Parents confronted University of Montana staff and technicians with concerns over high levels of asbestos found in the campus daycare center at a presentation at the UC Ballroom on Thursday, Jan. 31.
Testing showed levels of asbestos-laden surface dust in the childcare area of McGill Hall to be 21 times higher than federal standards, UM officials announced at the meeting.
Loose asbestos was discovered in the building that houses the ASUM Childcare Preschool as early as Dec. 12, 2018. When UM did not remove the children from McGill until Jan. 29, parents demanded the rationale for the delay.
“I can assure you, the anxiety that you are feeling, we are feeling,” UM Operations and Finance VP Paul Lasiter said at the meeting.
UM Director of Facilities Kevin Krebsbach gave a presentation about the asbestos and a management plan developed by himself and two specialists hired by the University. Although the schedule offered before the meeting had time for questions saved for the end of the presentation, parents wasted little time in asking about the University’s process in finally deciding to shut down the building.
“I couldn't care less about the building. What I want to know is, what do I need to do to for my kid?” one parent asked.
“We are running into frustrations that are much different than your frustrations,” said Missoula County environmental health specialist Jeanna Miller in response to the parent.
“There are so many variables that the answer to a lot of these questions is ‘We don’t know.'” she said.
Slides during the presentation showed both the degraded pipe insulation above the offices on the second floor, which were originally believed to be the only isolated areas of contamination, as well as a torn air duct that feeds into the preschool.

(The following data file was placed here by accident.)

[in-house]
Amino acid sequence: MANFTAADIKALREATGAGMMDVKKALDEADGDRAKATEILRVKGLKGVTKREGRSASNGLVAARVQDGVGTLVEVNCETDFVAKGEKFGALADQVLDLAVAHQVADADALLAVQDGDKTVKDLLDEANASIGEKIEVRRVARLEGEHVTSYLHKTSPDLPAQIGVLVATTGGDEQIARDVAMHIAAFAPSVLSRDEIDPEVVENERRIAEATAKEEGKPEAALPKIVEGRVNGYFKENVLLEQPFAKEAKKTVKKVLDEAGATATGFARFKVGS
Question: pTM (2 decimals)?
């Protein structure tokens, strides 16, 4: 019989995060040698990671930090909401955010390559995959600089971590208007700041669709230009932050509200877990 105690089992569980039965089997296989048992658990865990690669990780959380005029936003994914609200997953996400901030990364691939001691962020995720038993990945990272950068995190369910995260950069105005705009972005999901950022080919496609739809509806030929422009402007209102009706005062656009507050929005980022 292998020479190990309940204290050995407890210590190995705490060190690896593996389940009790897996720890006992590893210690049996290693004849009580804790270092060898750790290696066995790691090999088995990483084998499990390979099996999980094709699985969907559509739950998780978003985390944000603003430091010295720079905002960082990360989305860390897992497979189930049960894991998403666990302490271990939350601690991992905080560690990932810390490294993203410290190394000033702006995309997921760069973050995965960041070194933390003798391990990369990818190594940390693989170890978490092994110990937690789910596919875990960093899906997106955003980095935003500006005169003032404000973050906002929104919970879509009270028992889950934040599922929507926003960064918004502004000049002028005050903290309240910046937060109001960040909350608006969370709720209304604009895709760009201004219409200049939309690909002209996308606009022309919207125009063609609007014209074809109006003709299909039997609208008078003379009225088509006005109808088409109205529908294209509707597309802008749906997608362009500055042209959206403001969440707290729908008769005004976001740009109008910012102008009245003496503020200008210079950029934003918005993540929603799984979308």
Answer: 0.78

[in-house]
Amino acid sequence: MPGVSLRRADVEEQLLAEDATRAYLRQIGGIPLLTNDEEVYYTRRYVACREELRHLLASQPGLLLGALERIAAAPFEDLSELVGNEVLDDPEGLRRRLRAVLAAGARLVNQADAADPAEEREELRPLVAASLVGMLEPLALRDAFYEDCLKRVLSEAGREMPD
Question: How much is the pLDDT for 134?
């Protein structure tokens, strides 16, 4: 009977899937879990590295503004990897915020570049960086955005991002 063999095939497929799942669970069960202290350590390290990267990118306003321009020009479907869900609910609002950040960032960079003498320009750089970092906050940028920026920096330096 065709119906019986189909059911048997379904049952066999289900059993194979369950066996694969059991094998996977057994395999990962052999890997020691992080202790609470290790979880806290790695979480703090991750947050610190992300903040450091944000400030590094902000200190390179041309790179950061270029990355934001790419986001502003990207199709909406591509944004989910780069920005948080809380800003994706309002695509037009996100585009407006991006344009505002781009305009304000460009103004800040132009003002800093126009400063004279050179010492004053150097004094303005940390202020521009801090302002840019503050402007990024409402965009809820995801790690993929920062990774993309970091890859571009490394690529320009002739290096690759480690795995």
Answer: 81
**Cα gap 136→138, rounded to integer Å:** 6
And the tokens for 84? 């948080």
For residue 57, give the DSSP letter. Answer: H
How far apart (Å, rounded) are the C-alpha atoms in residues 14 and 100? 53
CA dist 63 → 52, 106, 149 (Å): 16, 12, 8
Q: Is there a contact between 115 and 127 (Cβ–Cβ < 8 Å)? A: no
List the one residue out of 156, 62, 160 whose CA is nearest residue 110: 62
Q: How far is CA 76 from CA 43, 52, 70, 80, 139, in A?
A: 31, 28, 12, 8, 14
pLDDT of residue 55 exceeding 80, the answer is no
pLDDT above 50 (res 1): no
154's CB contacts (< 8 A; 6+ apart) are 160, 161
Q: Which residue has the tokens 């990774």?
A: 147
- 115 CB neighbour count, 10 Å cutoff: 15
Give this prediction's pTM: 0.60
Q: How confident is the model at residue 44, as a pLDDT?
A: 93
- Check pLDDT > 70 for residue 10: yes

“What’s happening is, in 1954, they put that stuff everywhere and over the years it started deteriorating,” said Krebsbach.
Air samples showed no airborne particles, but dust containing levels of asbestos above those established by the Occupational Safety and Health Administration prompted the complete closure of McGill Hall until further notice.
In an earlier interview with the Kaimin, Krebsbach said testing every building periodically was not cost effective. With spot abatement, technicians and custodial staff recognize asbestos and then report to Facilities Services.
Rarely does the discovery of asbestos cause an entire building to close. The last massive closure occurred in 2006, when two floors of the Clapp building were swept clean of asbestos.
In an email sent Thursday, Lasiter said McGill would stay closed at least two weeks. At the meeting, he said cleanup of the entire building would take another three or four months. Plans for redirecting the students will be announced at another time, said UM spokesperson Paula Short.
OSHA requires the complete abatement of any area shown to have more than 5,000 fibers of asbestos per square centimeter. One dust sample from the preschool classroom tested to have more than 100,000 fibers per square centimeter, requiring emergency cleanup by OSHA guidelines.
“We did not expect to see the high counts on the accessible surfaces,” said Bob Brownell, one of two industrial hygienists hired by the University to conduct asbestos testing.
“When we got the results from the accessible surfaces, as soon as we got those, there was a phone call made and the decision was obvious, and so they went ahead and closed the day care,” Brownell said.
“So it could be in our kids’ clothes?” one parent asked Brownell. “So, it could be in our car and our homes? What is the exposure risk of that?”
Brownell, who said he didn’t wear protective gear during any of the testing, told the parent that he did not see any risk.
In addition to parents attending, some faculty, staff and students assigned to courses in McGill Hall were present.